If you've got a second working whip, a quick swap into the existing mount will let you make sure it isn't a whip failure. If you get pretty much the same results, here's an inexpensive fix that's worked for lots of vehicles that don't have an adequate RF ground, i.e., ground plane, to work with.
You can test this theory without investing in a new whip, or drilling any holes in whatever you've got clamped onto your perch mount. Take about 9 feet of, say, 14 gauge wire from a chunk of Romex®, baring a couple of inches at one end, and clamp the bare end under one of the bolts on the antenna mount that's on the perch. (This is just one conductor; black, white, bare ground, doesn't matter for this test.) I suggest the Romex strand because it's stiff enough to stay where you put it for the test and won't try to coil back up like a piece of stranded wire. If it reaches the ground, just bend the end a little, or put a bit of a bow into the wire; it's not critical.
Now get in the cab, close the doors and check SWR. It should be way better already and, more importantly than just mere SWR, the antenna should be actually putting way more signal into the air. If you've got interminable energy and patience, you can start trimming an inch or two from the *bottom* end of the wire and see how that affects the SWR. If you've got a lot of ballast like I do, have a helper do that part.....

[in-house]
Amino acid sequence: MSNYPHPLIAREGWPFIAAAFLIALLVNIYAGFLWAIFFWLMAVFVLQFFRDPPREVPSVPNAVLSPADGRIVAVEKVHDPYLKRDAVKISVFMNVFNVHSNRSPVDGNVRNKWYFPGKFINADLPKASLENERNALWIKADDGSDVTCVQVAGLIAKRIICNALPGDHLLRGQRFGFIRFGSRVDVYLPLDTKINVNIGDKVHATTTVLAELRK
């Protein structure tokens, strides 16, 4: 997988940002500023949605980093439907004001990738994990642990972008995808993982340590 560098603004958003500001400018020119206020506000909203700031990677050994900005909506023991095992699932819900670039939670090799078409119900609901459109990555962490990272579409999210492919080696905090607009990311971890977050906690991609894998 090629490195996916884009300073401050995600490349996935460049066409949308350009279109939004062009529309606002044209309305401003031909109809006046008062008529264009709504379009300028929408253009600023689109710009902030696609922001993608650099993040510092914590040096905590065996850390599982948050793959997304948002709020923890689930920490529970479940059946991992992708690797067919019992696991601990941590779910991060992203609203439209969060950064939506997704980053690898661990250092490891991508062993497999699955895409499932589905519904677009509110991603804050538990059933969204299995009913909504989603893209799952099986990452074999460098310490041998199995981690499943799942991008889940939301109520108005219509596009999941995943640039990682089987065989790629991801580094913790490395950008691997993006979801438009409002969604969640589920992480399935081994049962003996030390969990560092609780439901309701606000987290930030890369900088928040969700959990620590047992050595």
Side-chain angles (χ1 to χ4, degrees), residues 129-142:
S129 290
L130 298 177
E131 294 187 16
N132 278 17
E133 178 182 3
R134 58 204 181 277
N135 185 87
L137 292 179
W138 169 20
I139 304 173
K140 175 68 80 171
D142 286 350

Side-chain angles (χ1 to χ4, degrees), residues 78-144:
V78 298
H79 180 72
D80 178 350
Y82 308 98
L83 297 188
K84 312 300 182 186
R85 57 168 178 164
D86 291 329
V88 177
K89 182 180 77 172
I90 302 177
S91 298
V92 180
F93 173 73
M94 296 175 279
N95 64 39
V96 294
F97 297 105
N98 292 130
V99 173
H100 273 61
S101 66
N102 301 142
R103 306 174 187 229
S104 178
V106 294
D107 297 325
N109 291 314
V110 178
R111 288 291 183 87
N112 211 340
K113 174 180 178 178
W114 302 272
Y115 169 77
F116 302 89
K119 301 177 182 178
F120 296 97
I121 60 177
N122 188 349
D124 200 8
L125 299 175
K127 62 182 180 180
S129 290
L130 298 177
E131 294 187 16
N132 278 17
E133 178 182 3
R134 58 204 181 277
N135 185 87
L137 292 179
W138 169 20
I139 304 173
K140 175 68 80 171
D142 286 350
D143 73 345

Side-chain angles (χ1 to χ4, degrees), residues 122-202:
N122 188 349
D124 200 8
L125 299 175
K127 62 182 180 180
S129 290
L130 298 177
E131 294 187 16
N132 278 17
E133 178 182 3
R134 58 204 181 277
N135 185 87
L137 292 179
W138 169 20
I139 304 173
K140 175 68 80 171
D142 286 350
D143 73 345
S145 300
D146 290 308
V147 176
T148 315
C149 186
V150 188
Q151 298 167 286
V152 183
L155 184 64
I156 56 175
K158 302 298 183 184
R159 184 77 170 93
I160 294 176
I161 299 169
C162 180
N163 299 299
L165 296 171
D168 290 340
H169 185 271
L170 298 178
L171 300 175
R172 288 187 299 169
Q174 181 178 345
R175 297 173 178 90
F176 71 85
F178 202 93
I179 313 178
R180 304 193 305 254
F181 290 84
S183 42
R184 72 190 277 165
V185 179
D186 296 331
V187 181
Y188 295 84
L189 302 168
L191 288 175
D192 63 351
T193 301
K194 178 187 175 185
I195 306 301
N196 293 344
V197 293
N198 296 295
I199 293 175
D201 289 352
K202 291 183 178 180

Make sure to do this in the clear, rather than right next to another parked truck or a garage wall. And have your cutting-pliers-chum step far away enough so as not to affect the readings (10 feet or so).
So -- if this test wire, also called a "counterpoise", has the effect we're looking for, it establishes that what your antenna needs is a better RF ground/ground plane/counterpoise/other-dipole-half. At this point, cuz it's not gonna be practical dragging around a 9-ft chunk of wire like a streamer from your driver door hardware. And I kinda think my idea from the link above is a bit more elegant.
Not that I'm an elegant kinda guy, but I don't wanna get blamed when people start tripping over that chunk of wire.....
Hope that helps,
-- Handlebar --
P.S. If you know a tech with a good active antenna system analyzer, like the MFJ f'r instance, it can be much faster than what it took to type this all out, but doing it for oneself is a good learning experience, too.
Update: Got a meter and did some troubleshooting. Figured out that there was no continuity through the center of the mount. Bottom line the Wilson gumdrop mount was junk. Replaced that and brought my SWR's down to from just below 2, to just above 1.5. Something I've noticed is the SWR is lower when its raining. wth???? I did try hanging an extra wire off the mount and did note a slight decrease in the SWR (only bout a 2 foot piece of wire though). So I think I will do a little more experimenting with that when I get home.